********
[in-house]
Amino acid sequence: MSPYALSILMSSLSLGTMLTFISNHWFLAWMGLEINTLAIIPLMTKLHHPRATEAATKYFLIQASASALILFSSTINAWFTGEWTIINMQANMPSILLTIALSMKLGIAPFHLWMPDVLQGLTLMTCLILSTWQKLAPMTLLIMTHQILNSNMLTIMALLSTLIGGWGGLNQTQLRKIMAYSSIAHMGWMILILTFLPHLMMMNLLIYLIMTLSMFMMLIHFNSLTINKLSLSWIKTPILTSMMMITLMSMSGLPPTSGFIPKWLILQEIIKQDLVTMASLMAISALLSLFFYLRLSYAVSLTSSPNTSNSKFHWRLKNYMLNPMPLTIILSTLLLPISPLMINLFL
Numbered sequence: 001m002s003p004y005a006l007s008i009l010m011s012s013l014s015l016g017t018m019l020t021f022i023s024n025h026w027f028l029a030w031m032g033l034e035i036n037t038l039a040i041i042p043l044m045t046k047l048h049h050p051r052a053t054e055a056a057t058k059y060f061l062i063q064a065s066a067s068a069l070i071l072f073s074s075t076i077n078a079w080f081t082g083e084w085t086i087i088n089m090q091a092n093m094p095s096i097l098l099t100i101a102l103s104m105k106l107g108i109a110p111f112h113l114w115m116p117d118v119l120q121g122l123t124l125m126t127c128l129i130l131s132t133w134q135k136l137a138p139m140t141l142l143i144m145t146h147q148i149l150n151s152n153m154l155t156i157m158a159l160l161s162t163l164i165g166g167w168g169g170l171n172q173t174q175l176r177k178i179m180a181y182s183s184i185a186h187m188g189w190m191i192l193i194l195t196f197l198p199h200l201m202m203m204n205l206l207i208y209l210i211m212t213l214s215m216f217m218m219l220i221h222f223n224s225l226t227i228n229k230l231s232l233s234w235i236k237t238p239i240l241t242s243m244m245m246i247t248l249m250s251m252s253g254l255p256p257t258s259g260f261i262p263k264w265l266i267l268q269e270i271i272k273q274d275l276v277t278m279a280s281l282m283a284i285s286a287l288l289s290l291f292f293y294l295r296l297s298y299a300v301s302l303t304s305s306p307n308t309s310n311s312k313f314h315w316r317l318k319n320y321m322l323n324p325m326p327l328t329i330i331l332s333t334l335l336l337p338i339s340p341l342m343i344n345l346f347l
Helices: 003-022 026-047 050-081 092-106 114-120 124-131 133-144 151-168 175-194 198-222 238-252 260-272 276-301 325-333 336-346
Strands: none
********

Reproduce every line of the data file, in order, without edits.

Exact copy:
[in-house]
Amino acid sequence: MSPYALSILMSSLSLGTMLTFISNHWFLAWMGLEINTLAIIPLMTKLHHPRATEAATKYFLIQASASALILFSSTINAWFTGEWTIINMQANMPSILLTIALSMKLGIAPFHLWMPDVLQGLTLMTCLILSTWQKLAPMTLLIMTHQILNSNMLTIMALLSTLIGGWGGLNQTQLRKIMAYSSIAHMGWMILILTFLPHLMMMNLLIYLIMTLSMFMMLIHFNSLTINKLSLSWIKTPILTSMMMITLMSMSGLPPTSGFIPKWLILQEIIKQDLVTMASLMAISALLSLFFYLRLSYAVSLTSSPNTSNSKFHWRLKNYMLNPMPLTIILSTLLLPISPLMINLFL
Numbered sequence: 001m002s003p004y005a006l007s008i009l010m011s012s013l014s015l016g017t018m019l020t021f022i023s024n025h026w027f028l029a030w031m032g033l034e035i036n037t038l039a040i041i042p043l044m045t046k047l048h049h050p051r052a053t054e055a056a057t058k059y060f061l062i063q064a065s066a067s068a069l070i071l072f073s074s075t076i077n078a079w080f081t082g083e084w085t086i087i088n089m090q091a092n093m094p095s096i097l098l099t100i101a102l103s104m105k106l107g108i109a110p111f112h113l114w115m116p117d118v119l120q121g122l123t124l125m126t127c128l129i130l131s132t133w134q135k136l137a138p139m140t141l142l143i144m145t146h147q148i149l150n151s152n153m154l155t156i157m158a159l160l161s162t163l164i165g166g167w168g169g170l171n172q173t174q175l176r177k178i179m180a181y182s183s184i185a186h187m188g189w190m191i192l193i194l195t196f197l198p199h200l201m202m203m204n205l206l207i208y209l210i211m212t213l214s215m216f217m218m219l220i221h222f223n224s225l226t227i228n229k230l231s232l233s234w235i236k237t238p239i240l241t242s243m244m245m246i247t248l249m250s251m252s253g254l255p256p257t258s259g260f261i262p263k264w265l266i267l268q269e270i271i272k273q274d275l276v277t278m279a280s281l282m283a284i285s286a287l288l289s290l291f292f293y294l295r296l297s298y299a300v301s302l303t304s305s306p307n308t309s310n311s312k313f314h315w316r317l318k319n320y321m322l323n324p325m326p327l328t329i330i331l332s333t334l335l336l337p338i339s340p341l342m343i344n345l346f347l
Helices: 003-022 026-047 050-081 092-106 114-120 124-131 133-144 151-168 175-194 198-222 238-252 260-272 276-301 325-333 336-346
Strands: none